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This report will help you evaluate if you are being paid a fair amount for the responsibilities you are shouldering. In addition, EHS managers can find the information to keep their departments competitive and efficient—an easy way to guarantee you are paying the right amount to retain hard-to-fill positions but not overpaying on others.

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The environment, health, and safety (EHS) field is in the midst of change. Job responsibilities are shifting, there are younger employees joining the workforce, and you are being asked to do more with less.

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March 16, 2017
Oregon finalizes overhaul of recycling rules

First proposed in November 2016, the Oregon Department of Environmental Quality (DEQ) recently finalized an overhaul of the state's solid waste recycling program at Oregon Administrative Rules (OAR) 340-090. The new regulations require each city with a population of 4,000 or more to implement a recycling program as well as any county responsible for the area between the city limits and the urban growth boundary of that city or the area outside the city limits but within a metropolitan service district. The rules set forth recycling program elements that must be in a local government's recycling program, as well as 13 that are optional, with the requirement that a specified number of the optional elements be included in the program—that number being based on the size and location of the city.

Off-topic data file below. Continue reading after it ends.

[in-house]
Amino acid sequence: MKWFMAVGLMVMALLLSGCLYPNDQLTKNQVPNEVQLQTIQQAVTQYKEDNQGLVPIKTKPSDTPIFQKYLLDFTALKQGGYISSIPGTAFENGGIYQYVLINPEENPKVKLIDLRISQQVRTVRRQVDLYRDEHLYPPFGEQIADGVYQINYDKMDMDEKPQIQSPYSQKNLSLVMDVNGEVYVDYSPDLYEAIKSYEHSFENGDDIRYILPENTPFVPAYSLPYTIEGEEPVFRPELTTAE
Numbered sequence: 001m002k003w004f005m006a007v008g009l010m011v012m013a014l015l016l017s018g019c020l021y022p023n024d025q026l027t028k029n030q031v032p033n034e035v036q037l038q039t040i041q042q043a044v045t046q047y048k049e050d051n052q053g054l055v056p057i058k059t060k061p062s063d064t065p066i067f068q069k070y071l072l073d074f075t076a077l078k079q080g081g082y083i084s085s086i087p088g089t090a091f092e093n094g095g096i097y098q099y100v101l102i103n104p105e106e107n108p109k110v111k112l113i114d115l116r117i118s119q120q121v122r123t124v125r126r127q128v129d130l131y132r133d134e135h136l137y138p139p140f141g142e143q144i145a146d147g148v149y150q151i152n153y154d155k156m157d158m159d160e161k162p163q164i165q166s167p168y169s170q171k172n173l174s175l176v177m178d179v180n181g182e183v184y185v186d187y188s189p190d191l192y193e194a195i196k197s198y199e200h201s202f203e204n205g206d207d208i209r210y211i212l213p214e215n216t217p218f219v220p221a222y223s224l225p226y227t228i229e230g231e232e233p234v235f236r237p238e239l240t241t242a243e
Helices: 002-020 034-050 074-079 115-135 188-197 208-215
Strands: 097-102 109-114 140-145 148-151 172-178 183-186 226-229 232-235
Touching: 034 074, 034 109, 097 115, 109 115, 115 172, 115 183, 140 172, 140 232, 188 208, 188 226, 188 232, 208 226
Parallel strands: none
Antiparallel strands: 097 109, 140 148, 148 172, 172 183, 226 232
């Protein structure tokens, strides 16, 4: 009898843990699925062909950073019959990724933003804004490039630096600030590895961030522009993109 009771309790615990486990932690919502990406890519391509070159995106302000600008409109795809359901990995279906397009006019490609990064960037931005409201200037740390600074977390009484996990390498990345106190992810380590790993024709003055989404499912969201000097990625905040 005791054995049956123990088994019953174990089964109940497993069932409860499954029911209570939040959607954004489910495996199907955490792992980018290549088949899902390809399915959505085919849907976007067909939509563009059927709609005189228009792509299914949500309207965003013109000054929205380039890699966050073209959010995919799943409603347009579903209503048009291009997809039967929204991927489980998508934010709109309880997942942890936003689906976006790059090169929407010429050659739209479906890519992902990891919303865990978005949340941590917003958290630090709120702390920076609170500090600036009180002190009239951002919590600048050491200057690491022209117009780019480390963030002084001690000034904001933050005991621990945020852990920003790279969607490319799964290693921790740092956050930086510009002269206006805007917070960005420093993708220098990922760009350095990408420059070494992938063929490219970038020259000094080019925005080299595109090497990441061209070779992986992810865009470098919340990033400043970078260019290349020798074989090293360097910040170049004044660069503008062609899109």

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One of the new recycling program options available to local governments requires commercial generators of solid waste that generate large amounts of recyclable materials to source-separate their recycling materials for reuse or recycling. A "large amount commercial generator" is defined as a commercial generator that has a service level of 4 or more cubic yards of solid waste per week at a single site. A local government that chooses this program element must require all commercial generators to participate but can except those for reasons such as zoning requirements, lack of sufficient space to provide additional recycling containers, or nongeneration of recyclable materials. Among other requirements, commercial solid waste generators would have to:

  • Self-haul or arrange for collection service of its recyclables;
  • Provide recycling containers for internal areas where recyclable materials may be collected, stored, or both; and
  • Correctly label all interior and exterior containers and post signs where recyclable materials may be collected, stored, or both; that identify the materials that must be source-separated; and that provide recycling instructions.

For large amount commercial generators that don't comply, the local government may consider a penalty or fine structure that incorporates warning notices, civil injunctions, financial penalties, or criminal prosecutions.

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